Each program can be administered through the managing body of the consortium of community care providers, using local community-based, health-advocacy, and support organizations that are already funded to provide health education and social service support. With the PPACA significantly focused on prevention and coordination of care, many private and public foundations and government entities would be focusing their funding investments to such community based organizations, recognizing that the best means of connecting with the most at-risk populations are through these very organizations. As an example, the New York City Council Discretionary Funding provides city-based government funding specifically to community-based organizations for such grassroots initiatives, and for many New York City not-for-profit organizations, a large portion of their annual budgets are accounted for by the Discretionary Funds. On the provider side, clinicians may be incentivized to work with these programs to improve the health outcomes and quality of care for their patients through continuous coaching and assessment, which currently require more time and attention than is available to provide for each patient in such detail.

Finally, encouraging simple and often low-cost or free changes in lifestyle, such as simple changes in diets or decisions to take the stairs instead of waiting for the elevator, help to establish a pattern of continual healthy decisions, which can lead to a significant reduction in healthcare costs over the long term.


Recognizing that healthcare costs are growing tremendously is the first step to reducing them. We now understand the dynamics by which this is occurring. Reducing these costs cannot be completed immediately; it requires open, honest communication and dedication from all parties participating in the healthcare system. The system and the interaction of its numerous stakeholders must be reformed to meet the needs of the population it serves in a coordinated manner. A general framework is not enough for a system to expect optimized results. Rather, we must understand and appreciate the needs of individual communities and address them with a strategic combination of services specialized for those needs. Providers and patients must be willing to work together and with the system itself.

These strategic interactions can be achieved with proper policy intervention to encourage coordination. This intervention will encourage each party to consider interests beyond their own to those of other parties involved in the delivery of healthcare. When full buy-in with a willingness to work together as a cohesive healthcare system is achieved among all stakeholders, a true impact can be made. With a little hard work now, we will be able to reap great benefits over the long run.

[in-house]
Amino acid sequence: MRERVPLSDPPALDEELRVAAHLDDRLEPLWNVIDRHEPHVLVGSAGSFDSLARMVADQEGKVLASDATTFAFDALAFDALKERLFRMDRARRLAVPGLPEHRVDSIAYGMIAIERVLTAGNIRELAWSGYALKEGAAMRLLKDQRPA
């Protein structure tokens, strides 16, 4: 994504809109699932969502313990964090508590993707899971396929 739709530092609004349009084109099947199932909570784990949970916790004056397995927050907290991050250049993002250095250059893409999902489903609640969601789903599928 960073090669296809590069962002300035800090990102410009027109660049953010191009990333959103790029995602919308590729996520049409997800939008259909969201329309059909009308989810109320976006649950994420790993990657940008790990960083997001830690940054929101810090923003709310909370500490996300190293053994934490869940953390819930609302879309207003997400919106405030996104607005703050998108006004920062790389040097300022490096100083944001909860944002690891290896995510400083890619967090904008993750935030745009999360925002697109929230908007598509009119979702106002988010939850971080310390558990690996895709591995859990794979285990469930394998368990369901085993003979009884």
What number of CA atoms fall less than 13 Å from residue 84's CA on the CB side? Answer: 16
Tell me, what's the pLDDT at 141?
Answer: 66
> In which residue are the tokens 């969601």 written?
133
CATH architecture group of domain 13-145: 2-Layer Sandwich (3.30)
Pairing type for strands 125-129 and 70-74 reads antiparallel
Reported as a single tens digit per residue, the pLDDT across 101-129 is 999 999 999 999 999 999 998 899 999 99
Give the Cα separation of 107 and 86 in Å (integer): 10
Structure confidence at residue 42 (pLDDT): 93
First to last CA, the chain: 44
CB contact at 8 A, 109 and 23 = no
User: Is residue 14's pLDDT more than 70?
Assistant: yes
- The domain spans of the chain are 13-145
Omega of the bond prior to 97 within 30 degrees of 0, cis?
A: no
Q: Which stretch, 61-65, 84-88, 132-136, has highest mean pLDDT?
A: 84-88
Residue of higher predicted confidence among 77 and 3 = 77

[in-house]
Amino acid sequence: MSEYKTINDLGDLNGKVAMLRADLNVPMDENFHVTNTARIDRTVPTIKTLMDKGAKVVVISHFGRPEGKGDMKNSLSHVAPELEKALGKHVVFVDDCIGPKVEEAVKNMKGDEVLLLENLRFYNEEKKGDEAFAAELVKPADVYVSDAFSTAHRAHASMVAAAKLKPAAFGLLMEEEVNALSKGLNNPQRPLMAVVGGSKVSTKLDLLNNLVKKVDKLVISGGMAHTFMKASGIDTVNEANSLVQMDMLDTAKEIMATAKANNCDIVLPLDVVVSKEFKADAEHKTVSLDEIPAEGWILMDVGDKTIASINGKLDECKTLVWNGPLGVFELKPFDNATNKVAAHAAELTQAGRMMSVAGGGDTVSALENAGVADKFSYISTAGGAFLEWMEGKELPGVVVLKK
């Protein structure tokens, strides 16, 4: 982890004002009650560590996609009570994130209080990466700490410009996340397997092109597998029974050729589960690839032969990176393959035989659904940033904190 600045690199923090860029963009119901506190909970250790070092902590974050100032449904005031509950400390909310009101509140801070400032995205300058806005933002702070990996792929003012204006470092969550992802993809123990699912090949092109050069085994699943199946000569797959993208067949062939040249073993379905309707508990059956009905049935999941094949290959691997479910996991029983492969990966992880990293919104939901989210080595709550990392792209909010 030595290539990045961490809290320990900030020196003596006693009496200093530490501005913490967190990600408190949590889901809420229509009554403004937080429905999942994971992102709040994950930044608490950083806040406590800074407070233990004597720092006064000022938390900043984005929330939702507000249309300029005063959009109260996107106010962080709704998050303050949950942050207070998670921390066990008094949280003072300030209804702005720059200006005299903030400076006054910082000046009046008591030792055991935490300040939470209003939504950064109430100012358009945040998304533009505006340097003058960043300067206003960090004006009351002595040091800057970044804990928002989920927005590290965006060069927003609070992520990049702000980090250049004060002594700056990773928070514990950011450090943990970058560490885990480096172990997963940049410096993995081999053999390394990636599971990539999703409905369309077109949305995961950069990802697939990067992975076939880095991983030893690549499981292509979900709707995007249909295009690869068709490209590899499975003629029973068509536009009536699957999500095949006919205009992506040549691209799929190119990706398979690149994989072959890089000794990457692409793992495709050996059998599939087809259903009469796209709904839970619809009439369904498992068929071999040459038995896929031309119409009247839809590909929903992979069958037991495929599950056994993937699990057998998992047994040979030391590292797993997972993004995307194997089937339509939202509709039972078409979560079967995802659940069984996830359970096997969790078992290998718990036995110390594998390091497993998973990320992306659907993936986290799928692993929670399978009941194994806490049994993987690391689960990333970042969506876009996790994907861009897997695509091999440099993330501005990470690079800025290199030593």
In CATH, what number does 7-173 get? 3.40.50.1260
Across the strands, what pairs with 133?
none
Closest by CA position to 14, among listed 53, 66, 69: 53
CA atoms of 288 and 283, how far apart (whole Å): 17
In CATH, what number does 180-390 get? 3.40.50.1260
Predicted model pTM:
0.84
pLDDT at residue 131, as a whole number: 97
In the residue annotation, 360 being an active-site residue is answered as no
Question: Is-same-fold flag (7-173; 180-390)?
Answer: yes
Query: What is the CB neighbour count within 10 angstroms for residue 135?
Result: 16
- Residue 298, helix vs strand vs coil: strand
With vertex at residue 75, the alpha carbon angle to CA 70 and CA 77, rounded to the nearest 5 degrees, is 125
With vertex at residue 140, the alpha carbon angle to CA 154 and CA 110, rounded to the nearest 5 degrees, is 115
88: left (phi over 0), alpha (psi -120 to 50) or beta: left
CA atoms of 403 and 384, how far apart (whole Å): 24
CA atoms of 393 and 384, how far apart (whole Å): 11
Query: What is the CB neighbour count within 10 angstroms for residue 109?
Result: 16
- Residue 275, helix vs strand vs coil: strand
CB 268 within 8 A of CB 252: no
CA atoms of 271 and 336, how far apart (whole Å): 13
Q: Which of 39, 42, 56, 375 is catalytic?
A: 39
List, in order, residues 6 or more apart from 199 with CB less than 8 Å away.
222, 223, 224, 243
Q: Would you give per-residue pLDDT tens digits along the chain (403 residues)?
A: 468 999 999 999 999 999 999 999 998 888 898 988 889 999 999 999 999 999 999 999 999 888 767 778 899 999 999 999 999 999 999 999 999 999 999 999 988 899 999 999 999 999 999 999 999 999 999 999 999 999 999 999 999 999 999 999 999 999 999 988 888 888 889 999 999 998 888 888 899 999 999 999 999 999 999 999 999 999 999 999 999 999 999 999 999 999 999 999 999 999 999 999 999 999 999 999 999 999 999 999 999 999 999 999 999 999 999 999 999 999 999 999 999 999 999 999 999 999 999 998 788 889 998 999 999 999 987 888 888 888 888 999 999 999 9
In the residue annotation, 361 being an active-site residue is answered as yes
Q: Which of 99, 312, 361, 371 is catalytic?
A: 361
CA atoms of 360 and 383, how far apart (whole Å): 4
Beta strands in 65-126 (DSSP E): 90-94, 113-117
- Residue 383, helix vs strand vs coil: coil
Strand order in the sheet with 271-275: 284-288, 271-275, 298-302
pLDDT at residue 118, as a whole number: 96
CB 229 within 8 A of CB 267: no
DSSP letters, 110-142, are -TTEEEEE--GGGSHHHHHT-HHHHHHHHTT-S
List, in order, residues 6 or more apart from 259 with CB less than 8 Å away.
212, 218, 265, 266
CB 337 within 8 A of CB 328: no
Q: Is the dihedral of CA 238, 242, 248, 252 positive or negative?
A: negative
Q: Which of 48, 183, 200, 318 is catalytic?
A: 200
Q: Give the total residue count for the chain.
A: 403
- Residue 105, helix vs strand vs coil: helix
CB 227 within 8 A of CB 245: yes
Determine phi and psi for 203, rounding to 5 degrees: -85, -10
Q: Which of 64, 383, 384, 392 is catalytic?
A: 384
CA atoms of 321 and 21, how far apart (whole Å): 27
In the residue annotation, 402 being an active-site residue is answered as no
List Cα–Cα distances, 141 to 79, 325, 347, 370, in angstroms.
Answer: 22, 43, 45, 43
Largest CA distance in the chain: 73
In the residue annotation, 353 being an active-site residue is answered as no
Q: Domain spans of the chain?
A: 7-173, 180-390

Hewett Chiu is a healthcare professional and teaching colleague at the New York University Wagner Graduate School of Public Service.


[i] Martin A.B. et al. 2012. “Growth In US Health Spending Remained Slow in 2010; Health Share of Gross Domestic Product Was Unchanged from 2009.” Health Affairs 31:208-19.

[ii] Henry J. Kaiser Family Foundation. 2012. Health Care Costs: A Primer. Key Information on Healthcare Costs and Their Impact.

[iii] Centers for Medicare and Medicaid Services, Office of the Actuary, National Health Statistics Group. 2012.

[iv] Borger C. et al. 2006. “Health spending projections through 2015: changes on the horizon,” Health Affairs Web Exclusive, 25(2): 61-73.

[v] Zhi M., Ding E.L., Theisen-Toupal J., Whelan J., Arnaout R. 2013. The Landscape of Inappropriate Laboratory Testing: A 15-Year Meta-Analysis. PLoS ONE 8(11): e78962. doi:10.1371/journal.pone.0078962.

[vi] Andrews, M. 2011. “$6.8 Billion Spent Yearly On 12 Unnecessary Tests And Treatments.”  Last modified October 31, 2011.

[vii] Caloyeras, J.P. et al. 2014. Managing Manifest Diseases, But Not health Risks, Saved PepsiCo Money Over Seven Years. Health Affairs, 33(1), 124-131.

[viii] Carrier E, Katz D, Mello M, et al. 2013. High Physician Concern About Malpractice Risk Predicts More Aggressive Diagnostic Testing In Office-Based Practice. Health Affairs.

[ix] Centers for Disease Control and Prevention. 2010. “Heart Disease and Stroke Prevention.”  Last modified July 21, 2010.

[x] Centers for Disease Control and Prevention. 2014. “National Cardiovascular Disease Surveillance.”  Last modified March 7, 2014.

[xi] Caldwell N., Srebotnjak T., Wang T., Hsia R. 2013. “How Much Will I Get Charged for This?” Patient Charges for Top Ten Diagnoses in the Emergency Department. PLoS ONE 8(2): e55491. doi:10.1371/journal.pone.0055491

[xii] Appleby, J. 2013. “Consumers Beware: Not All Health Plans Cover A Doctor’s Visit Before The Deductible Is Met”. Last modified December 23, 2013.

[xiii] Centers for Medicare and Medicaid Services. 2014.

[xiv] Ormond B.A. et al. 2011. “Potential National and State Health Care Savings from Primary Prevention,” American Journal of Public Health 101, 1:157–164.